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Intermediate fire severity diversity promotes richness of forest carnivores in California

Cite this dataset

Furnas, Brett; Goldstein, Benjamin; Figura, Peter (2021). Intermediate fire severity diversity promotes richness of forest carnivores in California [Dataset]. Dryad.


Aim: Fire can strongly influence ecosystem function, and human activities are disrupting fire activity at the global scale. Ecological theory and a growing body of literature suggest that a mixed severity fire regime promotes biodiversity in western North America. Some researchers advocate the use of pyrodiversity (i.e., heterogeneity in aspects of the fire regime such as time since fire or severity) as a conservation index to be maximized. Others caution against this approach arguing that the index oversimplifies fire-biodiversity interactions across trophic, spatial, and temporal scales. We evaluated the effects of several landscape-scale pyrodiversity indices, and their severity and time-since-fire components, on species richness of forest carnivores.

Location: Northern California, United States

Methods: We gathered data on fire history and mammal occurrence from camera trap surveys at 1,451 sites across Northern California public and private forestlands during 2009–2018. We used this data to model the effects of fire severity diversity, and its components (i.e., low, moderate, and high severity wildfires), on carnivore richness at short (10 years) and longer (25 years) timeframes. We repeated the modeling using a measure of time-since-fire diversity and its components (<10 yrs, 10–20 yrs, 20–30 ys, 30–40 yrs, 40–100 yrs.). We used Bayesian multispecies occupancy modeling to correct for imperfect measurement of species richness.

Results: We found that carnivore richness was highest at locations with intermediate fire severity diversity (0.46, 90%CI: 0.40–0.52) calculated using Simpson’s Measure of Evenness (range: 0–1) for the 10-yr timeframe, and the results were almost identical yet less precise for the longer timeframe. When we separated fire severity diversity into its components, we found that carnivore richness was highest at locations where 17% (90%CI: 4–20) of the landscape had experienced low severity burns over the past decade. In contrast, we found no association between time-since-fire diversity and carnivore richness, however, an intermediate amount of one of the components (e.g, the total amount of fire in the past 10 years) was positively associated with carnivore richness. Our results are consistent with a mixed severity fire regime wherein there is a greater extent of low severity than high severity fire.

Main Conclusions: Overall our results suggest that carnivores would benefit from landscapes managed for greater, but not maximal, fire severity diversity. Our results also suggest that prescribed, low severity burns may provide ecological services to wildlife not otherwise provided by silviculture in a managed forest landscape.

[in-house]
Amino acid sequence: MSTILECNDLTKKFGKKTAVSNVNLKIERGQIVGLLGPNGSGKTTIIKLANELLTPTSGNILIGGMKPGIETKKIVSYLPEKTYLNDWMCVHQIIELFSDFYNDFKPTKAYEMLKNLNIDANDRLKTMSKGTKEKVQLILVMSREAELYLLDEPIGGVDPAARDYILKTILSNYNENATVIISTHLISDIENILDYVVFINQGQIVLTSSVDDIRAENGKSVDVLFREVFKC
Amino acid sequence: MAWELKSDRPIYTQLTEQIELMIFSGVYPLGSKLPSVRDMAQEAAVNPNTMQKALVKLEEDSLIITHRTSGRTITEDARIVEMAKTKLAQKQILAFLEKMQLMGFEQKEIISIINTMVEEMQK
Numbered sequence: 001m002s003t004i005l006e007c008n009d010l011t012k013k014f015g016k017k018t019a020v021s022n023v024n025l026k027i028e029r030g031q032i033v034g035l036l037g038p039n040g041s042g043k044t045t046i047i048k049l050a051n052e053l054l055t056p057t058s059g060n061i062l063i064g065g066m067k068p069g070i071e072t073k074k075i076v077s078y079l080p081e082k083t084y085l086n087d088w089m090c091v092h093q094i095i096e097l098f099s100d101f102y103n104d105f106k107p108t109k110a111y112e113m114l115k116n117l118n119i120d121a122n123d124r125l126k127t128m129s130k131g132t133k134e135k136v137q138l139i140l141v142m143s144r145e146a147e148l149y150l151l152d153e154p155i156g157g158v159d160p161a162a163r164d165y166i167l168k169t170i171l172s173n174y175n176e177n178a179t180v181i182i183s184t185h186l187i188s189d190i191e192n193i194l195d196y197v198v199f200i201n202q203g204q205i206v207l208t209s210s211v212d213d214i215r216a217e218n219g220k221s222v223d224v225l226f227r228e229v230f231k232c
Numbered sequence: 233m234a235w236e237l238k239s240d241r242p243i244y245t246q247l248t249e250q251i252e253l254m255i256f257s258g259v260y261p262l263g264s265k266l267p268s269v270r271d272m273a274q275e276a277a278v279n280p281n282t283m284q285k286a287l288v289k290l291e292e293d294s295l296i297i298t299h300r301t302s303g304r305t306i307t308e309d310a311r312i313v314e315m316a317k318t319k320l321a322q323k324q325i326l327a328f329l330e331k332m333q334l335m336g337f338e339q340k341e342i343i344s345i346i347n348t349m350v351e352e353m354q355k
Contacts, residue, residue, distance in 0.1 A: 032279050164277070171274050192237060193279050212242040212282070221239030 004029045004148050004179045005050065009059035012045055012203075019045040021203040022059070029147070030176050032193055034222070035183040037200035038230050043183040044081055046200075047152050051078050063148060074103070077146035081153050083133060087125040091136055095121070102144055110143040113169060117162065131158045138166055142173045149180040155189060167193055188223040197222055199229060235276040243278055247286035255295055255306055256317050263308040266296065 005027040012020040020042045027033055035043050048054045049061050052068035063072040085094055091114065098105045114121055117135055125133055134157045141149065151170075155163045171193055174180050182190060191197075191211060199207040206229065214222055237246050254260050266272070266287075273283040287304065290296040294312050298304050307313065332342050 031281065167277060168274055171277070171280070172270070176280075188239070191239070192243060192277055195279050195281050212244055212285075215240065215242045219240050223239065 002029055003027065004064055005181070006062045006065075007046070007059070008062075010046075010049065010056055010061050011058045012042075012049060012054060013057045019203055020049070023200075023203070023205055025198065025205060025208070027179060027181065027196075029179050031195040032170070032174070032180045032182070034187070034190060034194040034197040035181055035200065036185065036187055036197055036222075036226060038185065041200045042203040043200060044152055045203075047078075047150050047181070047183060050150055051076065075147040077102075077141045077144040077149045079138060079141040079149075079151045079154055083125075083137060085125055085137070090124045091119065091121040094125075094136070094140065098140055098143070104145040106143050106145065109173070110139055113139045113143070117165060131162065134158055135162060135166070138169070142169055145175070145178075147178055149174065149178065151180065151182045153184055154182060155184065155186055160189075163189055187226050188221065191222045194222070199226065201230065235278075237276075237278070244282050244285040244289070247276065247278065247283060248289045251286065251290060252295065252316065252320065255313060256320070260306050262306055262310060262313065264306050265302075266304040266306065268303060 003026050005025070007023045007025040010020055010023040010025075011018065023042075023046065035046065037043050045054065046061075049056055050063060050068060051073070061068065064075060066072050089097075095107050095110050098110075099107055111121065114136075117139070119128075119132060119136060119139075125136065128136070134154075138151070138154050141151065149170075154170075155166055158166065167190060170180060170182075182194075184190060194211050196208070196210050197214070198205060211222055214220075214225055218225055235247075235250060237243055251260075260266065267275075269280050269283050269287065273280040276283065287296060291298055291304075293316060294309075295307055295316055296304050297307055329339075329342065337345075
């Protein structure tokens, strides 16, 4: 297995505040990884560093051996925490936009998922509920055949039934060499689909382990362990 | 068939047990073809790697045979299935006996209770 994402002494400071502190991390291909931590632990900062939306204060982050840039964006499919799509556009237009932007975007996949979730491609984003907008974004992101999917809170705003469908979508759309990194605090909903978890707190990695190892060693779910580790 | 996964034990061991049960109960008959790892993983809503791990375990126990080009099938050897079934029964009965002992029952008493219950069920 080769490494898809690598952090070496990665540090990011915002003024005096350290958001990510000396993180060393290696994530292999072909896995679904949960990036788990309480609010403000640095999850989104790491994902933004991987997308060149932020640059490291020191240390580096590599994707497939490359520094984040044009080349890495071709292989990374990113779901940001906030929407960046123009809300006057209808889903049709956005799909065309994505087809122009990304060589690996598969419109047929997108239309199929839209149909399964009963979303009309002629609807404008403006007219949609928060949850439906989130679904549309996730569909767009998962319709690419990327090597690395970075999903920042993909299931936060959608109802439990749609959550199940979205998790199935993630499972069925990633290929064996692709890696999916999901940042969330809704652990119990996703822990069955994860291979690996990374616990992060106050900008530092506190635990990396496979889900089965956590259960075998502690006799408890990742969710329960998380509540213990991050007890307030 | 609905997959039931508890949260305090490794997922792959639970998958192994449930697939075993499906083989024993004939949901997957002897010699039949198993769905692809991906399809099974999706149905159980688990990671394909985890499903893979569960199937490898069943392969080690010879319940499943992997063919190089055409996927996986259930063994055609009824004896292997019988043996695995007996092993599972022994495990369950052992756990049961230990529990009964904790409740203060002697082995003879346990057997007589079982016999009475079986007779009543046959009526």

For 2009 through 2018 we conducted wildlife surveys using camera traps at a total of 1,451 sites across the study area. Our annual survey season began in early August and continued through late November or early December. The duration of surveys was 2–5 weeks, and both camera traps within a hexagon were always surveyed concurrently. We reviewed photos from camera surveys to identify all mammal detections to species. We created a detection history for each site that indicated whether (“1”) or not (“0”) a species was observed for each 24-hour survey day up to 30 days. Average survey duration was 18.7 days.

We used the Monitoring Trends in Burn Severity (MTBS) spatial database of fire severity of all wildfires >500 ha in the USA since 1984. To measure fire severity diversity, we computed Simpson’s Measure of Evenness (SME) of the four burn category proportions from MTBS (none, low, moderate, high) at both the 10-year and 25-year timeframes. We repeated a similar analytical process for calculating covariates pertaining to time since fire, although the data available allowed us to inspect a longer timeframe than we used for fire severity.

Data were processed in R and are available in a .Rdata file.

See the accompanying manuscript for a full description of methodology.

Usage notes

The .Rdata file provided comprises eight R objects:

  1. covars_site, a data frame containing site-level covariates for sampling locations. The column "site" is a unique ID for each site
  2. rands.out, a data frame containing site-level covariates for randomly selected, non-sampled sites used in calculating the typical conditions over the landscape
  3. spec_trasnl, a two-column data frame translating species codes into common names
  4. standards, a matrix giving the mean and standard deviation of the covariate data columns for use in back-transforming scaled covariates
  5. yday, a matrix giving the Julian date of each each site-sampling event
  6. lag, a numeric array giving the site-species-event specific covariate for time since last detection
  7. project, a binomial vector indicating which of two project protocols was used for each site
  8. y, the binomial array of detection/nondetection data. The value of y[i, j, k] indicates whether species k was detected on visit j to site i, with a 0 representing nondetection, a 1 representing detection, and a NA indicating that site i was sampled fewer than j times.

These data can be imported into an R session via the command load([filepath]).